As we dissect the Biden administration’s approach to pipeline projects, a perplexing pattern emerges: Are these strategies truly about pioneering “climate leadership,” or is there a veiled agenda against Canadian interests?
Consider a recent Frontier Centre for Public Policy study which spotlighted the Biden administration’s putting its moral and legal weight behind a small Maine town contesting a pipeline project. This project aimed to facilitate the flow of Canadian crude from the oil sands to an Atlantic seaport. While pipeline lawyers argue that a local ordinance could potentially breach the Constitution’s provision, which reserves such authority for Congress, the Biden administration’s legal eagles argued to the contrary, stating no federal laws or the Constitution were being violated.
The weight of such top-tier support empowers environmentalists who oppose the introduction of Canada’s “dirty” oil to U.S. shores. In fact, one media report revealed that the National Wildlife Federation interpreted the brief as a signal the Biden administration may not block other local authorities from using local laws to challenge oil pipelines.
One can only hope this is not the case, as it could obstruct pipeline commerce for both Canada and the United States.
The aforementioned Maine situation is reminiscent of the historical ‘Baptists and Bootleggers’ dilemma, where diverse groups – like Christian prohibitionists and moonshiners – align for different reasons. In the case of the prohibitionists and moonshiners, they both wanted to shut down liquor stores on Sunday, but for vastly different reasons. In today’s context, it seems the Biden administration is aligning with radical environmentalists and U.S. businesses keen on curbing Canadian oil’s entry into the U.S. market, conveniently using climate change as a shield.
This assertion becomes evident when examining the administration’s inconsistent stances on pipeline projects. Let’s take the Mountain Valley Pipeline project – a natural gas pipeline from West Virginia into Virginia – as a case in point. The administration pulled out all the stops – including pushing for expedited right-of-way permits to allow construction to proceed – to ensure that the project wasn’t derailed after U.S. court rulings threatened the project’s completion by year’s end. Earlier, Congress had even passed a law – unrelated to energy development – that stripped the court of jurisdiction to hear the case.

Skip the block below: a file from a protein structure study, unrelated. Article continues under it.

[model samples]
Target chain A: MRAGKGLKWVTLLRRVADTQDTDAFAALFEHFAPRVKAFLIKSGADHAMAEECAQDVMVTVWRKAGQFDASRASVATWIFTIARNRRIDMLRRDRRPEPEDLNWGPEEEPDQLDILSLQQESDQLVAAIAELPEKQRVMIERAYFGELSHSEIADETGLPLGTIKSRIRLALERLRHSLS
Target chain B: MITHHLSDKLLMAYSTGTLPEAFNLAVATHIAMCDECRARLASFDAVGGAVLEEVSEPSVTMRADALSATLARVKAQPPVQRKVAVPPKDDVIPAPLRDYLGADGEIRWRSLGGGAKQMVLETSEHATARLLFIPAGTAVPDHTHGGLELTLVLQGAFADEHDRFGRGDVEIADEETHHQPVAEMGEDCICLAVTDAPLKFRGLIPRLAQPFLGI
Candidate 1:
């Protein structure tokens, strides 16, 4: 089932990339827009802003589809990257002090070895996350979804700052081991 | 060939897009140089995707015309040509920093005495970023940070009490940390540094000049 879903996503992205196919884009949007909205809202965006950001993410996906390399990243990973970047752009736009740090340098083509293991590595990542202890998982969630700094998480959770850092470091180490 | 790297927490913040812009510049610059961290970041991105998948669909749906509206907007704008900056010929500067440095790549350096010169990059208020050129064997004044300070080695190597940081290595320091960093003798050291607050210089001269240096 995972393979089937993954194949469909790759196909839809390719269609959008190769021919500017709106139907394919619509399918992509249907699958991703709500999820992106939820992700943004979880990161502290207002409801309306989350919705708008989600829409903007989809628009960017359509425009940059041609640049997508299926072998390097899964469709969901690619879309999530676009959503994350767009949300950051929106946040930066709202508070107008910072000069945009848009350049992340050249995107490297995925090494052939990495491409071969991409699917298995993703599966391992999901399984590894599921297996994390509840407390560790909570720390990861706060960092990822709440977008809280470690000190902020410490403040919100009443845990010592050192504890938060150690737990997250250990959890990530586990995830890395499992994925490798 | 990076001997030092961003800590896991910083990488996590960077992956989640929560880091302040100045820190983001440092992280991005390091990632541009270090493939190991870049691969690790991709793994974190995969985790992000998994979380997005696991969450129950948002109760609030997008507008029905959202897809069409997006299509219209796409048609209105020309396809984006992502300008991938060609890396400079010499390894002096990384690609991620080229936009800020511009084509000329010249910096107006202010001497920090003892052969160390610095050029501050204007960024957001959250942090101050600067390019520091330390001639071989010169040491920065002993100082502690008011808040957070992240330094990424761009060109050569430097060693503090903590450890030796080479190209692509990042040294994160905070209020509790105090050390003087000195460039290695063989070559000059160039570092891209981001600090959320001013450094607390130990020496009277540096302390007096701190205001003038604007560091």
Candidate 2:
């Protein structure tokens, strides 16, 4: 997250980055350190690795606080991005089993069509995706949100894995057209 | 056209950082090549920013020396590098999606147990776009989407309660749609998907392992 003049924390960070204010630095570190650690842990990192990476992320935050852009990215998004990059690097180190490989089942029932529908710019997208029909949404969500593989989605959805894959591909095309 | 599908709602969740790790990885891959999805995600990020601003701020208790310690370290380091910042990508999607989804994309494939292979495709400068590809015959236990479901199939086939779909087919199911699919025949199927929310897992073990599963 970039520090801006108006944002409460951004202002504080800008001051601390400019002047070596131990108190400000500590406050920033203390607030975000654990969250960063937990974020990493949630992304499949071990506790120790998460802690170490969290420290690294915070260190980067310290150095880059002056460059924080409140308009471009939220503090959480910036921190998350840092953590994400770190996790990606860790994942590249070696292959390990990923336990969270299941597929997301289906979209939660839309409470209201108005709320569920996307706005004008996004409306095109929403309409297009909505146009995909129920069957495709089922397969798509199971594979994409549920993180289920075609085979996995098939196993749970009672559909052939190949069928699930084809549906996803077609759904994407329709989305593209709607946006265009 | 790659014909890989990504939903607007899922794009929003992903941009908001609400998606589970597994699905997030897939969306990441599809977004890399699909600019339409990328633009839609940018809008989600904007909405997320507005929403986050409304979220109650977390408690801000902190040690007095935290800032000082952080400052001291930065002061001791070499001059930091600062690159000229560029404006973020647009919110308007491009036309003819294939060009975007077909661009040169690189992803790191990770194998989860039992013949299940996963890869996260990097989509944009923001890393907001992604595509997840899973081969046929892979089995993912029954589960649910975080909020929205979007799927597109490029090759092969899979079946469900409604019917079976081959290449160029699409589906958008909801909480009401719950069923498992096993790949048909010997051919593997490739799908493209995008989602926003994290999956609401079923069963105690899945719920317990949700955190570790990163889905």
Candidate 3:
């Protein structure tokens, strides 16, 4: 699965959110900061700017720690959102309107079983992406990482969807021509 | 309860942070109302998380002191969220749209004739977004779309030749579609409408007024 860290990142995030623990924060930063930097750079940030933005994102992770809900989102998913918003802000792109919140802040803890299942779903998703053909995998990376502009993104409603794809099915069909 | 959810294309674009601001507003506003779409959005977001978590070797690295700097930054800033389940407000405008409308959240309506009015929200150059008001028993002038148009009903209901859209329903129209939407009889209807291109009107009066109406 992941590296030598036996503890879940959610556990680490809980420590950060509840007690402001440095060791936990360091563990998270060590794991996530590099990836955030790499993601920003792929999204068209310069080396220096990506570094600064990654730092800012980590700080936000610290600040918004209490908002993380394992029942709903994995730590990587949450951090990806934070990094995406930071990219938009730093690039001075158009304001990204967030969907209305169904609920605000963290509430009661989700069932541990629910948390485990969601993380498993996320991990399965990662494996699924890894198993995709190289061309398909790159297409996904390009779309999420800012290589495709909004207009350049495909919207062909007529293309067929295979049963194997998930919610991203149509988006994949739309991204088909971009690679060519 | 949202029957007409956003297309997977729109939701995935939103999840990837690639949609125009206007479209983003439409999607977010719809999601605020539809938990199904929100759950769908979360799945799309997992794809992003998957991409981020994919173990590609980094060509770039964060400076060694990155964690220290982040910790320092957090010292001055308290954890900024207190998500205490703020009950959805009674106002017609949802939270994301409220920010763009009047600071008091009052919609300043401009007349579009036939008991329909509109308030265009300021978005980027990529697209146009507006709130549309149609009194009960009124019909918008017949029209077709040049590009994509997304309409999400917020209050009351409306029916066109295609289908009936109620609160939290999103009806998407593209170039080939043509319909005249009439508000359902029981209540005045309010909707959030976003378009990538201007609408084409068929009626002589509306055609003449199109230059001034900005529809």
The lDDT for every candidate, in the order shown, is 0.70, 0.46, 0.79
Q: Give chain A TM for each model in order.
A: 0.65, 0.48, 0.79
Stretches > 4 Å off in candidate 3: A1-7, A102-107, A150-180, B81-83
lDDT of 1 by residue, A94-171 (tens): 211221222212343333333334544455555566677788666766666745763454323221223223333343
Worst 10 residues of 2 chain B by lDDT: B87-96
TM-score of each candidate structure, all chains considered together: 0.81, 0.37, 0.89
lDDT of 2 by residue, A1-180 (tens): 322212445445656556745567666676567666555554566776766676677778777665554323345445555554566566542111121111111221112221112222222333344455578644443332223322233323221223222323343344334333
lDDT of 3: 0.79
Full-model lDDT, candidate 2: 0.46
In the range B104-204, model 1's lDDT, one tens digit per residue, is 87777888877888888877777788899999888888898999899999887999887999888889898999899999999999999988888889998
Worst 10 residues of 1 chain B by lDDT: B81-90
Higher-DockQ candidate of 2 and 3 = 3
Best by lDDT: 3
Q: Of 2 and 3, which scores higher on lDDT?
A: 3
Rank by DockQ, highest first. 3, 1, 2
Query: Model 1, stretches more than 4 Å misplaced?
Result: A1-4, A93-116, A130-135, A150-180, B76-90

This move, which angered environmentalists, proves that the self-proclaimed ‘climate leadership’ often takes a backseat to national business and political ambitions.
The hypocrisy surrounding the Keystone XL pipeline further drives this point home. Multiple environmental reviews under the Obama administration found the project harmless, yet both Obama and later Biden scrapped it. Meanwhile, the Biden administration’s opposition to the Canadian project contrasts starkly with its endorsement of Nord Stream 2 at the behest of three influential European governments (Germany, Austria, and the Netherlands) despite Russian aggression in Ukraine. This favour, seemingly done to placate influential European allies, unveils an alarming double standard.
While it’s only natural for the U.S. government to champion its national interests, the inconsistency in its pipeline policies suggests a bias against Canadian oil. The Trump era, for all its complexities, illustrated that the U.S. and Canada could collaboratively bolster energy independence.
Regrettably, the Biden administration’s actions, wrapped in environmental rhetoric, hint at an underlying motive: keeping Canadian interests at bay. It’s high time Canadian policymakers recognize and respond to this incongruity.
Joseph Quesnel is a Senior Research Associate with the Frontier Centre for Public Policy.